adventures in dysthymia

Sunday, May 15, 2011

WHY I AM (MORE OR LESS) A VEGETARIAN

There are three primary reasons why one might choose to be vegetarian: ethics, morals, and health.

The ethical arguments are that the production and consumption of meat is wasteful, expensive, bad for the environment. Perhaps so, especially in these days; once upon a time, having a family pig or such was actually a good and natural way to go. I would not choose to be a vegetarian only for such ethical reasons, though I do consider them valid concerns.

Health is certainly a concern as well. Yes, eating meat can be bad for one. So can not eating meat. If health were my only concern, I would be moderate in my consumption, not abstemious.

The idea of eating the decaying flesh of animals does seem a bit repugnant, when one thinks on it. But then so are many other things that make up our ordinary lives. It is certainly possible to live a healthy life with or without meat, so I do not count this as a particularly strong argument for my own vegetarian choice.

Though both of the preceding reasons do help weigh in the favor of a vegetarian diet, it is the moral argument that has primarily swayed me. I should say that my position reflects a private moral choice and is not a comment nor judgement on anyone else's decision to eat meat.

There is the matter of respect for life. Ah, but what life? Plants have life too. The virus that might kill me has life (sort of) and I'm quite willing to eradicate it. So there is a hierarchy involved -- some life must be considered more valuable than other.

For me, the dividing line is the ability to think. And I define thinking as the capacity to learn. An ant does not think, by this definition. It will always do exactly the same thing when faced with identical conditions. Its responses are hard-wired. It can not learn to do anything else. This is true of most, but not all, invertebrates.

A corollary of being able to learn is the feeling of pain. Obviously, if a creature is unable to learn then pain would serve no purpose. It could never be taught to avoid it. It would never recognize it. It is reasonable to assume, then, that any creature that can not learn would not feel pain in any sense that we do. It avoids 'painful' situations purely in a mechanical, non-thinking manner.

All animals with backbones have the ability to learn. I would believe that they do feel pain, just as you and I. I do not eat (and try not to kill) any creature with a backbone.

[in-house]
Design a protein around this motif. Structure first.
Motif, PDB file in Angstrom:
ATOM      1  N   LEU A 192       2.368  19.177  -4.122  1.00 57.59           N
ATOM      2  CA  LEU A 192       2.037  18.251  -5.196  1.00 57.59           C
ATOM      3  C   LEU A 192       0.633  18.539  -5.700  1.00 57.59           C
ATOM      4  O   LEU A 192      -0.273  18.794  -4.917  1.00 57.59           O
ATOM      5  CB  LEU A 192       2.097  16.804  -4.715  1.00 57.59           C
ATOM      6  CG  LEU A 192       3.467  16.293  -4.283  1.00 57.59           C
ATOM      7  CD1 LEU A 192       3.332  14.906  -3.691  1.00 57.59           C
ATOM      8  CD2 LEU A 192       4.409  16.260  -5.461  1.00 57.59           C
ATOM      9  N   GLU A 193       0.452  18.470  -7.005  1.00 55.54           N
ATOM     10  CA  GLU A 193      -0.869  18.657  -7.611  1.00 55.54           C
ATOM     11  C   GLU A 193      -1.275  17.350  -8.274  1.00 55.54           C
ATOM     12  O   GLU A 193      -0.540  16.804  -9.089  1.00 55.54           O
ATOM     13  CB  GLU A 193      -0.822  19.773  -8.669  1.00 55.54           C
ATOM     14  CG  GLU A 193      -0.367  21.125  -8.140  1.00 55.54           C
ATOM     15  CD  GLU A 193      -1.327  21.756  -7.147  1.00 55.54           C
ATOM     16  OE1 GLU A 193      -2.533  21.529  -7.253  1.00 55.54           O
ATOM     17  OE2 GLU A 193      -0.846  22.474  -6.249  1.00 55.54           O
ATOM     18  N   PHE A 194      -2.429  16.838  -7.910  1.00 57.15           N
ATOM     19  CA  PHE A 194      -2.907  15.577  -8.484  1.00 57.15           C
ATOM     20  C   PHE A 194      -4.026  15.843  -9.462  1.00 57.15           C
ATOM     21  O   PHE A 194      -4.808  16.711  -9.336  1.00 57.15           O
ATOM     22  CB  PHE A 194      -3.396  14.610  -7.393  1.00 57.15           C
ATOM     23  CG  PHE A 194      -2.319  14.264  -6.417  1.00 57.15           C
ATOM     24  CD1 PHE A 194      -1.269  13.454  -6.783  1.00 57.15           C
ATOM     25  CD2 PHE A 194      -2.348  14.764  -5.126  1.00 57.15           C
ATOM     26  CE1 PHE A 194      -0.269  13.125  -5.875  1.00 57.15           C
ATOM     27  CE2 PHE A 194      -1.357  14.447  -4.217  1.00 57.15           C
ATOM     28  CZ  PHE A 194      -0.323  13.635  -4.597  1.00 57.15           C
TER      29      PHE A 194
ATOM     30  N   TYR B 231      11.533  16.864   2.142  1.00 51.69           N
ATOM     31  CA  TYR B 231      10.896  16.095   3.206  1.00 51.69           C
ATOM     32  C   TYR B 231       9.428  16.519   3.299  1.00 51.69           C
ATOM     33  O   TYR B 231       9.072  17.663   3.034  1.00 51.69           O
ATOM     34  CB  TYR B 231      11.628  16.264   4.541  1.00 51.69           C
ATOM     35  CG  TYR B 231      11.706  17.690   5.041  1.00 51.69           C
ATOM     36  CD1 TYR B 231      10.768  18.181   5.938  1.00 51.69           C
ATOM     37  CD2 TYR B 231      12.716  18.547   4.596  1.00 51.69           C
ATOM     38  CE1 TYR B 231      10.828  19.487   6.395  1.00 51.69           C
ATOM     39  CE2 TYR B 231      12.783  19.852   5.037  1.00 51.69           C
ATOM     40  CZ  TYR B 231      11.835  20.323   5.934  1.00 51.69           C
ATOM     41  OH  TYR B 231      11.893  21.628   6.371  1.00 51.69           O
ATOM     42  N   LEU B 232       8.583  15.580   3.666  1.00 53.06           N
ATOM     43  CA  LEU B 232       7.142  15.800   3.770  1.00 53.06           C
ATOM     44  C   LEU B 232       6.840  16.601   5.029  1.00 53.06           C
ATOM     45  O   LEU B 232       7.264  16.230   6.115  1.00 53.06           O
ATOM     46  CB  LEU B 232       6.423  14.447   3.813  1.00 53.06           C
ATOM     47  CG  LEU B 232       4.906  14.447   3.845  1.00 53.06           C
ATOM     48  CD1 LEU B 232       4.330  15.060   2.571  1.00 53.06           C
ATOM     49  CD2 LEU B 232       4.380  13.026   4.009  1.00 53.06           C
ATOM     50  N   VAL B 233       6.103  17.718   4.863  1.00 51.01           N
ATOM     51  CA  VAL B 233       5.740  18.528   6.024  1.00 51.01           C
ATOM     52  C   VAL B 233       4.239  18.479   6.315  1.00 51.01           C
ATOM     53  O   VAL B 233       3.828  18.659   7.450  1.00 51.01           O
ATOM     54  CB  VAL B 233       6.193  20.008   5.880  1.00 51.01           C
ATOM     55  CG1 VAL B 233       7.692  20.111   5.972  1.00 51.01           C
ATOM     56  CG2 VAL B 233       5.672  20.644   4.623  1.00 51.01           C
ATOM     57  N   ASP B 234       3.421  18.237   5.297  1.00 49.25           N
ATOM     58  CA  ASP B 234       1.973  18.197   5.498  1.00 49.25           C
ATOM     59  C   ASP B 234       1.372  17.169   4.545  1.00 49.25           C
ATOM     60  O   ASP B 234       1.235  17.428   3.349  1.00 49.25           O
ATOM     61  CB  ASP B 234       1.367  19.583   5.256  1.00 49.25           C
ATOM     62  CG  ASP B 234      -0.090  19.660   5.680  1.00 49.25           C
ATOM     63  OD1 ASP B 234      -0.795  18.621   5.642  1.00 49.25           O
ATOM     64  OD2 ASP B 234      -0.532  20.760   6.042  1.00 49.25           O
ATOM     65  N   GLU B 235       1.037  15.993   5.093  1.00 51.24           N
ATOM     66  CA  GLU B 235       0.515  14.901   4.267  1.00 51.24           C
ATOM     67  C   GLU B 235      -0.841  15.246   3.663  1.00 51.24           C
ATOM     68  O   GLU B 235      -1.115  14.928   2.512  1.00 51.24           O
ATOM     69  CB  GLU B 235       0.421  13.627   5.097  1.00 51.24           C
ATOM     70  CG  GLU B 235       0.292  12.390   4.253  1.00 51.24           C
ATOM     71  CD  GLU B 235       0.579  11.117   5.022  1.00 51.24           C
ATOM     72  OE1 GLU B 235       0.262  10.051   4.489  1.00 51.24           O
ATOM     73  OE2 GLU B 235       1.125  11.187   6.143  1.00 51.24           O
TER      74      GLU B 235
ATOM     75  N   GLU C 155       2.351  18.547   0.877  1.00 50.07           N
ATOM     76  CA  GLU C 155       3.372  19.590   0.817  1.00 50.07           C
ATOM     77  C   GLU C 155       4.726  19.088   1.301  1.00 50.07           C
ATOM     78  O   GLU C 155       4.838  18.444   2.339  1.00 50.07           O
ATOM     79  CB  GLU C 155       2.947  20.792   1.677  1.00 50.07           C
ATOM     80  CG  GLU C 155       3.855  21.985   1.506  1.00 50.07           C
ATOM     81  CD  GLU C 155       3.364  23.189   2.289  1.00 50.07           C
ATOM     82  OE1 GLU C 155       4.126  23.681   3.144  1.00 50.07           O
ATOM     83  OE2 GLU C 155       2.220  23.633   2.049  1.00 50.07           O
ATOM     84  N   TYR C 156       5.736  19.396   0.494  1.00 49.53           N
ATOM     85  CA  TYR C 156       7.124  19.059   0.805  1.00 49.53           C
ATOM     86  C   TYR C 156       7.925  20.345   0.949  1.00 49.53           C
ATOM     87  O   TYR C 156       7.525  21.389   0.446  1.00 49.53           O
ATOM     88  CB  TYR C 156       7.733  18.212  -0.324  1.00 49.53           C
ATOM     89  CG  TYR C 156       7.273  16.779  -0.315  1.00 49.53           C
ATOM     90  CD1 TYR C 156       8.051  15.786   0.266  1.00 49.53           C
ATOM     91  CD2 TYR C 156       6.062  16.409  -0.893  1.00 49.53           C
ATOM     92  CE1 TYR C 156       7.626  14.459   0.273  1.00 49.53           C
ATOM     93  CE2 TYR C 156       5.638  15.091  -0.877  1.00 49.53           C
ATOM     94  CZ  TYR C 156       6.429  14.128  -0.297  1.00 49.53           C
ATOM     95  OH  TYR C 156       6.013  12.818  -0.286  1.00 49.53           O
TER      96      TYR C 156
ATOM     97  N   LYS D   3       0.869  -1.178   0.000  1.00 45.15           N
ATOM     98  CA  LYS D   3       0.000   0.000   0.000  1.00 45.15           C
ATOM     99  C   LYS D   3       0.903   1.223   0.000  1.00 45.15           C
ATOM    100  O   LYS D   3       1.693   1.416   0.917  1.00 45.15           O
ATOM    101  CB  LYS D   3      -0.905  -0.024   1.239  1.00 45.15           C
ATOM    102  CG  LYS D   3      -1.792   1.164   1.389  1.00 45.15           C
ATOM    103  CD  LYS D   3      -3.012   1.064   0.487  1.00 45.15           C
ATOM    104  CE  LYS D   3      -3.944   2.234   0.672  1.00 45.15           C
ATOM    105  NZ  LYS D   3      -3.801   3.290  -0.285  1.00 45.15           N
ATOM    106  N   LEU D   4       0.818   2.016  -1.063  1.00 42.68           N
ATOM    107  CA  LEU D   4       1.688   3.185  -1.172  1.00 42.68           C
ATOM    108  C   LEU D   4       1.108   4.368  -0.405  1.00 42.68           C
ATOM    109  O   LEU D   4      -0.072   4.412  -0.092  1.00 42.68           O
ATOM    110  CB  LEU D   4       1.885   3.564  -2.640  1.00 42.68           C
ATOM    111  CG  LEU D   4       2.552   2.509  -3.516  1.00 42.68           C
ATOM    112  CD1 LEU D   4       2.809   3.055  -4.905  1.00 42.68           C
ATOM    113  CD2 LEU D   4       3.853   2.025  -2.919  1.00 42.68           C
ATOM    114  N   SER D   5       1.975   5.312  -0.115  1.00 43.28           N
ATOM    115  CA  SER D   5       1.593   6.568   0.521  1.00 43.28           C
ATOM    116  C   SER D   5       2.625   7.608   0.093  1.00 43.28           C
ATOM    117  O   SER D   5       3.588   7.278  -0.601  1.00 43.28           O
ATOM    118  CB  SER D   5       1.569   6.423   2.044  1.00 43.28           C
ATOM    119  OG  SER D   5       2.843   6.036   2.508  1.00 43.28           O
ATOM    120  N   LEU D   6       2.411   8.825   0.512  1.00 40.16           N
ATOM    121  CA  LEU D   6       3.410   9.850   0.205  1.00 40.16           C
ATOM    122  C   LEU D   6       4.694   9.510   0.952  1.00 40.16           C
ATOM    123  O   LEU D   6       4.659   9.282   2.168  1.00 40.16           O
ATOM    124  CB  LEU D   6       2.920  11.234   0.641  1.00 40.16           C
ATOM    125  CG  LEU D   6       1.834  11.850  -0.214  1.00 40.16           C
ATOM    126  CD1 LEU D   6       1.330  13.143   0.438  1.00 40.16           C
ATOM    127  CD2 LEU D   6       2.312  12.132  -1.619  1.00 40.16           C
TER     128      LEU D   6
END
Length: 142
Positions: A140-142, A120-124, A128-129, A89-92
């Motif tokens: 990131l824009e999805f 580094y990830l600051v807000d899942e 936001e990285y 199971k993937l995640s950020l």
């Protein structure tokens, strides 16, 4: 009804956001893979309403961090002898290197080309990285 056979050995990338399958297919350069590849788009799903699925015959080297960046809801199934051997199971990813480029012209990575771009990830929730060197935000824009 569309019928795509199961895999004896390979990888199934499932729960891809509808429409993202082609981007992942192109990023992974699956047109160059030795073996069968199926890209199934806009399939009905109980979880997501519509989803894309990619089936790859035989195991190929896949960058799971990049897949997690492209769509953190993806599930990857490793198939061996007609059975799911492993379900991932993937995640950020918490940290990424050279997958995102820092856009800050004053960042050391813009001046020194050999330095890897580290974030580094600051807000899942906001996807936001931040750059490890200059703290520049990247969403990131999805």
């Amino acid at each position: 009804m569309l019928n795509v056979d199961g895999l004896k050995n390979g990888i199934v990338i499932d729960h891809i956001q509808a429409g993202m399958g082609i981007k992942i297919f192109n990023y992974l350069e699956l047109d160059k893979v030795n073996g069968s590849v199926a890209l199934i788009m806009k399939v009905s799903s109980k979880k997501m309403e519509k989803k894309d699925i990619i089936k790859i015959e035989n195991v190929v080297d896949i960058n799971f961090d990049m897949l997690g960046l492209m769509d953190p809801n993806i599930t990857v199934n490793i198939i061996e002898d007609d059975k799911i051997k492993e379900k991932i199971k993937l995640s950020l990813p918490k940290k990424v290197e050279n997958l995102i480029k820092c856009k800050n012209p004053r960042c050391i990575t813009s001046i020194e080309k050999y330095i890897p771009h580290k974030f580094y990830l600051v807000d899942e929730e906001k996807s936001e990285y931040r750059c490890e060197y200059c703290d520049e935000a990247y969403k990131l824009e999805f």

Some animals without backbones, however, do exhibit the ability to learn and to avoid pain, most notably octopi and squid. So I've crossed calamari off my diet. I am willing to eat clams, oysters, probably shrimp and scallops. I don't consume a lot of them but I can't find a valid moral reason not to.

Nor can I find any objection to the consumption of milk, honey, or any other food created by animals. At one time, I was on the fence when it came to eggs, particularly fertile ones as they do grow into animals, but I've concluded that an egg is just an egg, obviously not able to think or feel, and therefore completely acceptable.

A friend told me, several year ago, that she was not willing to eat anything she would not be willing to kill. In her case, that meant no beef or pork, nor, I have assumed, mammals in general. She consumed turkey and chicken and fish readily. I think that's where my current vegetarianism got its start, though I had dabbled for health reasons (and the occasional religious fast) earlier. I realized that I was not willing to kill any creature that was aware of its pain and, therefore, was also unwilling to approve of their killing by eating them.

I do recognize that there are times when we might have to put aside our moral objections. If we are starving, if our lives are threatened, we will kill. The thing is to recognize that the taking of life is still 'wrong,' not to become callous, to know that the lesser of evils remains an evil, however necessary it may be.

So I've no qualms about swatting a cockroach -- no more than pulling a radish out of my garden -- but I do regret having to kill a rat. As with many Native Americans and other hunter cultures around the world, I try to respect the spirit of the animals we may be required to kill. It is a serious matter -- yes, even taking the life of a mouse.

Since this is, as I stated, a private moral decision, I do not force it on my carnivorous animal pets. It would be poor judgement -- and possibly downright cruel -- to attempt to make my cat and dog into vegetarians! I regret that animals die to feed them, but that is indeed the way of nature and they can not choose. I can, being human, choose otherwise for myself.

And I have chosen otherwise. I've pretty much always been in favor of nonviolence but it took me a while to work it out in some areas of my life. I certainly don't claim any great gift of understanding, any extraordinary insight. I'm just trying to work out the terms of my personal peace treaty with creation.

Stephen Brooke ©2011

No comments: